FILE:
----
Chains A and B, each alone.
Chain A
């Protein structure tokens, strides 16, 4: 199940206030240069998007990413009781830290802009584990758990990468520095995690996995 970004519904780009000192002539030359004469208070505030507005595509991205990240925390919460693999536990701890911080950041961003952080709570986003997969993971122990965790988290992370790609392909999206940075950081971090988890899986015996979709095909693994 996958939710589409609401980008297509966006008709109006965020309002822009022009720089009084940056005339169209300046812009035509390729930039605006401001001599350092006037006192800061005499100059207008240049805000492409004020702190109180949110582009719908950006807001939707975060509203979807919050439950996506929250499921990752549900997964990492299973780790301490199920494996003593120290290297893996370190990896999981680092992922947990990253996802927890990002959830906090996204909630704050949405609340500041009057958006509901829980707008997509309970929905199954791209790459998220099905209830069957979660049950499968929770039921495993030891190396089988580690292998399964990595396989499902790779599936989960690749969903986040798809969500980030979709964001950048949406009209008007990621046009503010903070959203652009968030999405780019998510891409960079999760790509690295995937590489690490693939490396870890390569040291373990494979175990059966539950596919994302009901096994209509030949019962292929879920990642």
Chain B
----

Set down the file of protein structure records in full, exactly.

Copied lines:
Chains A and B, each alone.
Chain A
């Protein structure tokens, strides 16, 4: 199940206030240069998007990413009781830290802009584990758990990468520095995690996995 970004519904780009000192002539030359004469208070505030507005595509991205990240925390919460693999536990701890911080950041961003952080709570986003997969993971122990965790988290992370790609392909999206940075950081971090988890899986015996979709095909693994 996958939710589409609401980008297509966006008709109006965020309002822009022009720089009084940056005339169209300046812009035509390729930039605006401001001599350092006037006192800061005499100059207008240049805000492409004020702190109180949110582009719908950006807001939707975060509203979807919050439950996506929250499921990752549900997964990492299973780790301490199920494996003593120290290297893996370190990896999981680092992922947990990253996802927890990002959830906090996204909630704050949405609340500041009057958006509901829980707008997509309970929905199954791209790459998220099905209830069957979660049950499968929770039921495993030891190396089988580690292998399964990595396989499902790779599936989960690749969903986040798809969500980030979709964001950048949406009209008007990621046009503010903070959203652009968030999405780019998510891409960079999760790509690295995937590489690490693939490396870890390569040291373990494979175990059966539950596919994302009901096994209509030949019962292929879920990642």
Chain B